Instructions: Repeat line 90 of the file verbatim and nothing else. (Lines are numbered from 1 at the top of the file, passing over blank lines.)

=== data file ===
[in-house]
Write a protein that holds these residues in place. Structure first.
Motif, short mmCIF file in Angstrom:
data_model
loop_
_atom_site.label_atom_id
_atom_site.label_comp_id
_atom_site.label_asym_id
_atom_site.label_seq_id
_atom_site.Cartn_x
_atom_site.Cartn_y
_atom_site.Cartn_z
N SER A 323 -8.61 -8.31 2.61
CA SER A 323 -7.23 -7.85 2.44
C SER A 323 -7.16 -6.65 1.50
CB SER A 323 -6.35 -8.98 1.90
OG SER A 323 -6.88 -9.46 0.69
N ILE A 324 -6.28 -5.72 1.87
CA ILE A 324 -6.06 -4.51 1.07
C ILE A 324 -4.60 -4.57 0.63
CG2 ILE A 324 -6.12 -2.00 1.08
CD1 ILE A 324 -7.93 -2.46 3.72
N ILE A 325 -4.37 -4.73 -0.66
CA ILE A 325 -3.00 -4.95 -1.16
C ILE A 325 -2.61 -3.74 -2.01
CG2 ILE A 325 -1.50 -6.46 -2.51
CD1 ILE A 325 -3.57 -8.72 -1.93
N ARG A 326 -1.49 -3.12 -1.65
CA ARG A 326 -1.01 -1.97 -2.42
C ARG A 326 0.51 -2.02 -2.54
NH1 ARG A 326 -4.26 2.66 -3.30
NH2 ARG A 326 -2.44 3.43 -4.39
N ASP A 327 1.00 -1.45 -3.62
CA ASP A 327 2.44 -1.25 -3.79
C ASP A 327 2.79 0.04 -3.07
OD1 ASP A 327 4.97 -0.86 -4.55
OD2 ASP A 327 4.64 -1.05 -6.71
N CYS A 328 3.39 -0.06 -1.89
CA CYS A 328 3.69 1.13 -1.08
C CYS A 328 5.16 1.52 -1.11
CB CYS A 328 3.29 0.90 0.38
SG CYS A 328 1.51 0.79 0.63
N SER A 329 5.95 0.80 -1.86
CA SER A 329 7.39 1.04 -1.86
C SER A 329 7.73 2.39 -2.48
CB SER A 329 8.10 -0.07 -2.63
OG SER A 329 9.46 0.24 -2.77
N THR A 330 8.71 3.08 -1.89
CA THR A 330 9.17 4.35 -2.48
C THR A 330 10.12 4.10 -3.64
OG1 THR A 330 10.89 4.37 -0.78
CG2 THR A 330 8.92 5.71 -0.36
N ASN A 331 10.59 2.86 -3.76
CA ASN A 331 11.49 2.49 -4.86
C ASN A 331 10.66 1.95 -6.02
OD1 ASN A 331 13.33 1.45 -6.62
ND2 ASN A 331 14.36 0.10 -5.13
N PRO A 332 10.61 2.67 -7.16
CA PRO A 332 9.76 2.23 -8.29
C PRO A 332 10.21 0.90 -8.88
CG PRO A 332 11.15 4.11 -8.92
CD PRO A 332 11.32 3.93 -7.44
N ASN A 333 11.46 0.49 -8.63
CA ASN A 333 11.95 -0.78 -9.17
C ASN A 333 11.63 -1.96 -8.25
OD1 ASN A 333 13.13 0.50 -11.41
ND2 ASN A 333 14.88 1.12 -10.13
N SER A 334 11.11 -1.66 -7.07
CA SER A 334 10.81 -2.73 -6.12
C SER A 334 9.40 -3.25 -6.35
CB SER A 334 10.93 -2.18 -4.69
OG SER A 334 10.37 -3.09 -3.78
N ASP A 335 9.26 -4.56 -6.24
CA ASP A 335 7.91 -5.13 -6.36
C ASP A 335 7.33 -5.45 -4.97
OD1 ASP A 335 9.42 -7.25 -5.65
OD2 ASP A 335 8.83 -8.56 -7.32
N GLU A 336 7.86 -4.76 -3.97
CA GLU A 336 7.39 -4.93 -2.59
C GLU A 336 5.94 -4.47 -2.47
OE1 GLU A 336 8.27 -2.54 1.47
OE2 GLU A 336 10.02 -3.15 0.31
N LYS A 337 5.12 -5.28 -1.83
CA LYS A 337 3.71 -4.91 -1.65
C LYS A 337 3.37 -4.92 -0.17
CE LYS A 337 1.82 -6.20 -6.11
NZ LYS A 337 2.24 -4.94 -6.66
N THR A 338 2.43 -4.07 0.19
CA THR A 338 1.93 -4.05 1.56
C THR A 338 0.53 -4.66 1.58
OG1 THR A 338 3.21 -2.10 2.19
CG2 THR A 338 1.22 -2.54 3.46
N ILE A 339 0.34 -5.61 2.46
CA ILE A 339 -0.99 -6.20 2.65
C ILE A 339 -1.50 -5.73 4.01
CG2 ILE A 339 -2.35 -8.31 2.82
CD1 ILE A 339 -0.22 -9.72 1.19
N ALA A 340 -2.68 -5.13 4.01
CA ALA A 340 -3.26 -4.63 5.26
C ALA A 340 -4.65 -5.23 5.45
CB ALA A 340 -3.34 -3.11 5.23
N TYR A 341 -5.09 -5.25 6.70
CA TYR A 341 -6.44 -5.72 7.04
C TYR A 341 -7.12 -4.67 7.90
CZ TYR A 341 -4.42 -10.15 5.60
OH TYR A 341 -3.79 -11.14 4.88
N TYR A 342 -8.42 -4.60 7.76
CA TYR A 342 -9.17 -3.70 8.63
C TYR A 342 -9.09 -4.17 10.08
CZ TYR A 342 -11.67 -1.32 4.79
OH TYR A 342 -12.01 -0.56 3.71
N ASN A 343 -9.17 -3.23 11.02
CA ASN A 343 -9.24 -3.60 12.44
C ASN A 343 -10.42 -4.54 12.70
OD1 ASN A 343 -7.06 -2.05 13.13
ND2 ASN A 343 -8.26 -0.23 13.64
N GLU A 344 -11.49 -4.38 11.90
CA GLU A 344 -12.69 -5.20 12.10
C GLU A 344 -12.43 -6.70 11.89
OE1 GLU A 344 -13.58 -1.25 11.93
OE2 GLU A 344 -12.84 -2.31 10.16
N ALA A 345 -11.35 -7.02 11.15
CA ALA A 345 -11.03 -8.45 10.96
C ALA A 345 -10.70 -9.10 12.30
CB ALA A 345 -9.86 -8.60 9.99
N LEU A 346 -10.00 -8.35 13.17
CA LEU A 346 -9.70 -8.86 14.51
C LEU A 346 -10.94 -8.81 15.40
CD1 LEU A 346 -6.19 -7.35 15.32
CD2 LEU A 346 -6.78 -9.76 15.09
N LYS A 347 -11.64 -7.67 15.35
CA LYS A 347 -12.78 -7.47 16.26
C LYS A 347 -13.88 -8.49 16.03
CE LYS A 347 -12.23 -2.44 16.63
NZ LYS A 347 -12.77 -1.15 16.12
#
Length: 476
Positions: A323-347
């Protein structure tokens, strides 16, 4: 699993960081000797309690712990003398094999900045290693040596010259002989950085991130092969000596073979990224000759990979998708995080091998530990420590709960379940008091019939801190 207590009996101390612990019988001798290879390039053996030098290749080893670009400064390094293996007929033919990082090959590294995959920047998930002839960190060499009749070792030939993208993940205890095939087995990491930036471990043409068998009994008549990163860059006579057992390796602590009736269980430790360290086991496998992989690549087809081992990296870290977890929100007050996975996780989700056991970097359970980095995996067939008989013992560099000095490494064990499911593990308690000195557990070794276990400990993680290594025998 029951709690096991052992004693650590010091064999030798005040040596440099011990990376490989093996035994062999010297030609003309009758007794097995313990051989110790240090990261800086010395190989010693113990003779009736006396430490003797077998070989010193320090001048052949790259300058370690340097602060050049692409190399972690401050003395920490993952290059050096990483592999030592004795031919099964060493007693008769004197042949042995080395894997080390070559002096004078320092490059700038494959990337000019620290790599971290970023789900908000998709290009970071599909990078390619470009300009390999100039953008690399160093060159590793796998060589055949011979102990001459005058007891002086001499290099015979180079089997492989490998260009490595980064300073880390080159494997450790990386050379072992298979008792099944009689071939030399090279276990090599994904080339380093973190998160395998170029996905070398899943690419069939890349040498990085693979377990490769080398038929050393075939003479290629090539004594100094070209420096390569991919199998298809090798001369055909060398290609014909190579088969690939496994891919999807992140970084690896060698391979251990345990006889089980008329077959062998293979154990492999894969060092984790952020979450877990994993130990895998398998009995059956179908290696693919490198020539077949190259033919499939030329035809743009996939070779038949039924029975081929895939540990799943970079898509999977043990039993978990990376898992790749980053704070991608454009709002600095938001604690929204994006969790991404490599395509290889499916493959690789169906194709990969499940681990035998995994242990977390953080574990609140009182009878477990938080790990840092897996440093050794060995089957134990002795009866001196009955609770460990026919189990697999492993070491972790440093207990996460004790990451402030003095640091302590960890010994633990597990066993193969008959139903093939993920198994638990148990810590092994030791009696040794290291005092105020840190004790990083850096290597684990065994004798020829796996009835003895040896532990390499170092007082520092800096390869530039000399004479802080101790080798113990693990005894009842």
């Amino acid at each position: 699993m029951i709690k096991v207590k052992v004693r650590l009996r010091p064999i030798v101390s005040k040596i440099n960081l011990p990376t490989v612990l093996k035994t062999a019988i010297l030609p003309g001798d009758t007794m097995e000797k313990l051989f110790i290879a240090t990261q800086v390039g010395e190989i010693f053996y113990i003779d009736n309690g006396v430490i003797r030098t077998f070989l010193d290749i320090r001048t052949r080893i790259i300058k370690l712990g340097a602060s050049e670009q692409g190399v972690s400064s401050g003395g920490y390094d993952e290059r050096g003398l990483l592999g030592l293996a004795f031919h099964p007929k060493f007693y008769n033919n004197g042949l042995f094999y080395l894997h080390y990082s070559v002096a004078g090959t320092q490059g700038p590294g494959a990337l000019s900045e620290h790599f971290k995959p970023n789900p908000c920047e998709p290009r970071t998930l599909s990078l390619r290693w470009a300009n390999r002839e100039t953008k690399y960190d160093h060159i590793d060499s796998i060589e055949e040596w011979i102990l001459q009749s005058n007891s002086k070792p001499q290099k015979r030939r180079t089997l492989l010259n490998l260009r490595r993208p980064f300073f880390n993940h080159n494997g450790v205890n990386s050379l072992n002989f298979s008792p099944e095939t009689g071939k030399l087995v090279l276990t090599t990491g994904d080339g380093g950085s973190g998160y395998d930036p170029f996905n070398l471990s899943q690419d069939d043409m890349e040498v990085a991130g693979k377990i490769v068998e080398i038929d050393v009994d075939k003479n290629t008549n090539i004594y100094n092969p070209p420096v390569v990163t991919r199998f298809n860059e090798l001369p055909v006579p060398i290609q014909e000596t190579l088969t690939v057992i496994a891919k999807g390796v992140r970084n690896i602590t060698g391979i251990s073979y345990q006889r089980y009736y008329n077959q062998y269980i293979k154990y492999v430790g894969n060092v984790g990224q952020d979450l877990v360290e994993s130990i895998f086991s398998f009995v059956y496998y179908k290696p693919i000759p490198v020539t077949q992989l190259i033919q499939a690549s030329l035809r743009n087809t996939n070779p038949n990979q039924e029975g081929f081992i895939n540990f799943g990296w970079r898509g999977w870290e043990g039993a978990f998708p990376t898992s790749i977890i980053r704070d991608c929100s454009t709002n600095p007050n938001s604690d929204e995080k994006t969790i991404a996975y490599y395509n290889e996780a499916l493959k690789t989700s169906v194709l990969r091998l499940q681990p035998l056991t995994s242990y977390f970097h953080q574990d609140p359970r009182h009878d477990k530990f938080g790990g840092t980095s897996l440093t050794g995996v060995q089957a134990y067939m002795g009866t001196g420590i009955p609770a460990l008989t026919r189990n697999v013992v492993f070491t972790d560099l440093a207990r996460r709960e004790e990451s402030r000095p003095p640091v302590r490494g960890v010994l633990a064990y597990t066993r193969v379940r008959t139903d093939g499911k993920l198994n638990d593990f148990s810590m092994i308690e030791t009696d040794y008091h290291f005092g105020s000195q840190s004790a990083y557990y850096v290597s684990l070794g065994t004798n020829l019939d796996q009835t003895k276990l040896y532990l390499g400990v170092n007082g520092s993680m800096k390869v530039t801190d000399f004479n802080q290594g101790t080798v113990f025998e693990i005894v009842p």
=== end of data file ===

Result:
C THR A 338 0.53 -4.66 1.58